Thus, they cannot allow the complete performance of the original lesion pattern of the Cox Maze III procedure necessary for optimal results in cases of persistent or permanent AF. On the other hand, recent studies have begun to explore the role of isolation of the PVs for paroxysmal AF.
      • Wolf R.K.
      • Schneeberger E.W.
      • Osterday R.
      • et al.
      Video-assisted bilateral pulmonary vein isolation and left atrial appendage exclusion for atrial fibrillation.
      • Edgerton J.R.
      • Edgerton Z.J.
      • Weaver T.
      • et al.
      Minimally invasive pulmonary vein isolation and partial autonomic denervation for surgical treatment of atrial fibrillation.
      • McClelland J.H.
      • Duke D.
      • Reddy R.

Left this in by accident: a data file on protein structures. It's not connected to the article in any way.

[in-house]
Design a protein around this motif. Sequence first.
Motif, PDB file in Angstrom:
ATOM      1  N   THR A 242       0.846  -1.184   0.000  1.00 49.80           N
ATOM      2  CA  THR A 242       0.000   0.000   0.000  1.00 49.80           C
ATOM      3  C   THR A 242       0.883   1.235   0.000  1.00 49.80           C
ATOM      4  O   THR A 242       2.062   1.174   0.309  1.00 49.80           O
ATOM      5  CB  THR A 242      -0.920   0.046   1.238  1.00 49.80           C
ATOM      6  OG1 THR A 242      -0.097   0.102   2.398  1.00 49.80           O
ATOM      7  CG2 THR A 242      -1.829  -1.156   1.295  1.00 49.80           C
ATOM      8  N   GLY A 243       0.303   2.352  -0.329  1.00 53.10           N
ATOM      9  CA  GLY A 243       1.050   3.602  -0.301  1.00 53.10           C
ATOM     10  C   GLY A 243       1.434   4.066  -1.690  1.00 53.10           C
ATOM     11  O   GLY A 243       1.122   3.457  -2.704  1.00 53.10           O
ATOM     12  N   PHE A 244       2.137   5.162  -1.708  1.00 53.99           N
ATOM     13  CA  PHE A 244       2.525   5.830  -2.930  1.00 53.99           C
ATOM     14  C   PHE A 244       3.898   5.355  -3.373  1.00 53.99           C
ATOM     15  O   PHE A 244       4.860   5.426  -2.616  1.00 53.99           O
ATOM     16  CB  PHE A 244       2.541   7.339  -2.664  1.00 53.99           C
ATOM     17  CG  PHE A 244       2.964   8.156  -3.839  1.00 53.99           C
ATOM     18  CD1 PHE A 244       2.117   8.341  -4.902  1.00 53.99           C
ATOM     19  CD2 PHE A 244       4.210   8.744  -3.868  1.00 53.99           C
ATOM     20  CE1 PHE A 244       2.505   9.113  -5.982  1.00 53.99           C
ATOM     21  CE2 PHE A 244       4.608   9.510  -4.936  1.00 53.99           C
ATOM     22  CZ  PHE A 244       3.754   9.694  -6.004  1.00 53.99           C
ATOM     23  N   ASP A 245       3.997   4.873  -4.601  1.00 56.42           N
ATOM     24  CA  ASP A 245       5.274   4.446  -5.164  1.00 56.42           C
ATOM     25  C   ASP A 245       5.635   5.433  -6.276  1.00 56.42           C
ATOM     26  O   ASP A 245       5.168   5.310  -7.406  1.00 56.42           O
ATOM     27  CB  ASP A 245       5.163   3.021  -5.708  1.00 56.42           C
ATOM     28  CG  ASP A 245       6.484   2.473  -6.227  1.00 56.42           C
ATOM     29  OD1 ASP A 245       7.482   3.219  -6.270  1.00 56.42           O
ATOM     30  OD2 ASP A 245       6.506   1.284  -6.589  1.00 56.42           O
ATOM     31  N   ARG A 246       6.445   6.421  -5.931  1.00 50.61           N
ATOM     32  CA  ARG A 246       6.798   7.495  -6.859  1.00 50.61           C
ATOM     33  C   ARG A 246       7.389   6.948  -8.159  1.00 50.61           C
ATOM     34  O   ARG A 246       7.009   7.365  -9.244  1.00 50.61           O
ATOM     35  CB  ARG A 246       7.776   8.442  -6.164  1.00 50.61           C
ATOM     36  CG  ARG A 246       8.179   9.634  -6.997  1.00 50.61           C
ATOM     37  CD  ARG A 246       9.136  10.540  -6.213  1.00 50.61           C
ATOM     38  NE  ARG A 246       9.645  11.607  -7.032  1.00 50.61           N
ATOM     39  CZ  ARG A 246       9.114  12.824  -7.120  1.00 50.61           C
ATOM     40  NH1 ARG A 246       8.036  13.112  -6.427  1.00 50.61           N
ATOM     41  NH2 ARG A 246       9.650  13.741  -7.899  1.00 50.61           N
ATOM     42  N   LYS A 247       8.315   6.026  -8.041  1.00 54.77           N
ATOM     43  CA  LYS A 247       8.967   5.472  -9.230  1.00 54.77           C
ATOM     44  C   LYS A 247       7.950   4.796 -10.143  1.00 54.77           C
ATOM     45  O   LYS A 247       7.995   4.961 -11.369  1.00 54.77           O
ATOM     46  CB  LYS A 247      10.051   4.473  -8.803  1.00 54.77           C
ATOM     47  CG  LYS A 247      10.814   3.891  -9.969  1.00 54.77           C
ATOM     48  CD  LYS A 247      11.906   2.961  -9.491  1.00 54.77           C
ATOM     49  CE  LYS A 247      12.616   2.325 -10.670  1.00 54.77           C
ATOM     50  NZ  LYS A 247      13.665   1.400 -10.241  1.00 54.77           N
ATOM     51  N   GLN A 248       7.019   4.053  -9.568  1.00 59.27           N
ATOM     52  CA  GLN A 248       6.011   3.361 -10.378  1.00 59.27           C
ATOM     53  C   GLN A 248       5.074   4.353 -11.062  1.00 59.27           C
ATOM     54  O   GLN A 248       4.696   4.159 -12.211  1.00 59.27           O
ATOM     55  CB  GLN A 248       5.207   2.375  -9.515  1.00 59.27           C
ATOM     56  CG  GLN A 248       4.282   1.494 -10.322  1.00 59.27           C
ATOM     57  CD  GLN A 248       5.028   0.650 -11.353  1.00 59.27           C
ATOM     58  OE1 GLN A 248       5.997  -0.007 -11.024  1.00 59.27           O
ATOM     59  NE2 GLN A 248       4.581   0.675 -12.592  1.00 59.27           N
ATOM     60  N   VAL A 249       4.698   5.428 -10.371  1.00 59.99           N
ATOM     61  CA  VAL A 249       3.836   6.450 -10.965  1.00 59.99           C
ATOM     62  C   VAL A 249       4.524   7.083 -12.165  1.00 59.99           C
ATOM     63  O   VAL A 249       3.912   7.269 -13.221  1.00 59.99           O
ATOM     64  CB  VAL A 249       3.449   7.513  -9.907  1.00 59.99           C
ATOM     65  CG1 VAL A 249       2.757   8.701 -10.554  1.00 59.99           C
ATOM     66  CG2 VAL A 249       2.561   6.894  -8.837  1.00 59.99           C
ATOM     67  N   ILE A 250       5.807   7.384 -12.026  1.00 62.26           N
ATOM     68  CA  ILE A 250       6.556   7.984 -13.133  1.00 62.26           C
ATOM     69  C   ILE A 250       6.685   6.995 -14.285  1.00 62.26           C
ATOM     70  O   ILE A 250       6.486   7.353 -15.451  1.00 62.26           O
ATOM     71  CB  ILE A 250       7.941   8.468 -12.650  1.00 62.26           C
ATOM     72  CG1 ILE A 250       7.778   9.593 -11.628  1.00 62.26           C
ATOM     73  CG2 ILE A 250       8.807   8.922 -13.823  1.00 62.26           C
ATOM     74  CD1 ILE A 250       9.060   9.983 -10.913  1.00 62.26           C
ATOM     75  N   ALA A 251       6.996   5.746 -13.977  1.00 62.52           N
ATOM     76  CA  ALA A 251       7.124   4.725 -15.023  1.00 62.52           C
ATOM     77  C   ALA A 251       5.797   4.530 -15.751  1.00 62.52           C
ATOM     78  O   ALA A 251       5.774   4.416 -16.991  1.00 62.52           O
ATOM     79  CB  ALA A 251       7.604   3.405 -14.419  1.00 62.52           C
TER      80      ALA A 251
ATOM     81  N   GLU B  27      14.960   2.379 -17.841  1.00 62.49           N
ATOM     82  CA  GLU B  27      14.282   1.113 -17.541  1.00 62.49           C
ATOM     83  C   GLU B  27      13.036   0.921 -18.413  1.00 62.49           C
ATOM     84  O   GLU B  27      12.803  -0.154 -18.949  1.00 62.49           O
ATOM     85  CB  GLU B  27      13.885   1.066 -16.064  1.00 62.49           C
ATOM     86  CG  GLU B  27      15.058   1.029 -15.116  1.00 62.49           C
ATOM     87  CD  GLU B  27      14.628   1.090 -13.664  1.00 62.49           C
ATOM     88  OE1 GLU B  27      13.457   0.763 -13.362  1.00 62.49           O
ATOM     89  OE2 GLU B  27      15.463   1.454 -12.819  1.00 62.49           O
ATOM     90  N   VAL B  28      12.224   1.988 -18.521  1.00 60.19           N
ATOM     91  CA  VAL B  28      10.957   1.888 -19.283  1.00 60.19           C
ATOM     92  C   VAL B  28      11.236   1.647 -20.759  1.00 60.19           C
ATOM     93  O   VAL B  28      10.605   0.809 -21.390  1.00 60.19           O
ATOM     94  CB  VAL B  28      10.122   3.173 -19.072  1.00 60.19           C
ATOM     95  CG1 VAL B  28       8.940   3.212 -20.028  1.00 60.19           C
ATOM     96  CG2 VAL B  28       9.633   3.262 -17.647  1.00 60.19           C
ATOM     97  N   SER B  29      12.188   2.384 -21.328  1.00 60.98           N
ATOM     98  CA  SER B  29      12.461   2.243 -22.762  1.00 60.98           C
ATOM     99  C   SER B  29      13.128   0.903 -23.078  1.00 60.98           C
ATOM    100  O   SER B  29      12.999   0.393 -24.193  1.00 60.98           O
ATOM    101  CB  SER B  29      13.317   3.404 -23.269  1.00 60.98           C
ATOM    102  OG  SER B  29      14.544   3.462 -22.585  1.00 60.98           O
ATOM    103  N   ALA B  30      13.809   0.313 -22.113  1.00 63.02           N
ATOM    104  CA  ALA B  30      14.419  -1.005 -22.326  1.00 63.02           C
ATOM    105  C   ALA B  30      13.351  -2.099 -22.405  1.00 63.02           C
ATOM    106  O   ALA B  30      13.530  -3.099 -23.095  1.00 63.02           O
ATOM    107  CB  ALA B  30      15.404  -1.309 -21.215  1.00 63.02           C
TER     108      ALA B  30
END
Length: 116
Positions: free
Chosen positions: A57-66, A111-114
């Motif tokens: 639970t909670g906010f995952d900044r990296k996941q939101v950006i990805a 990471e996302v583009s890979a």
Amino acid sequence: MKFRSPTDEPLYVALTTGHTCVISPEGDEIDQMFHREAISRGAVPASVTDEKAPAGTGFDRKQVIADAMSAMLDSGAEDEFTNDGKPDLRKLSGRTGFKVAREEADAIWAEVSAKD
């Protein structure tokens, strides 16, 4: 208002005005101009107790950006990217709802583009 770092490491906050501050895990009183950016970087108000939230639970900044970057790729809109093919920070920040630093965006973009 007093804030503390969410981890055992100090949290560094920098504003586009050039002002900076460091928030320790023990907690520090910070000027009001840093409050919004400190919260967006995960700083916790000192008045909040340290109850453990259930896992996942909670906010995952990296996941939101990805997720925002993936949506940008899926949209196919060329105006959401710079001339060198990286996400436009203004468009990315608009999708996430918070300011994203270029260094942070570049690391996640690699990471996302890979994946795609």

Preliminary results of limited thoracotomy: new approach to treat atrial fibrillation.
      • Wudel J.H.
      • Chaudhuri P.
      • Hiller J.J.
      Video-assisted epicardial ablation and left atrial appendage exclusion for atrial fibrillation: extended follow-up.
      • Yilmaz A.
      • Van Putte B.P.
      • Van Boven W.J.
      Completely thoracoscopic bilateral pulmonary vein isolation and left atrial appendage exclusion for atrial fibrillation.
      • Sirak J.
      • Jones D.
      • Sun B.
      • et al.
      Toward a definitive, totally thoracoscopic procedure for atrial fibrillation.
      • Matsutani N.
      • Takase B.
      • Ozeki Y.
      • et al.
      Minimally invasive cardiothoracic surgery for atrial fibrillation: a combined Japan-US experience.
      • Pruitt J.C.
      • Lazzara R.R.
      • Ebra G.
      Minimally invasive surgical ablation of atrial fibrillation: the thoracoscopic box lesion approach.
      • Gillinov A.M.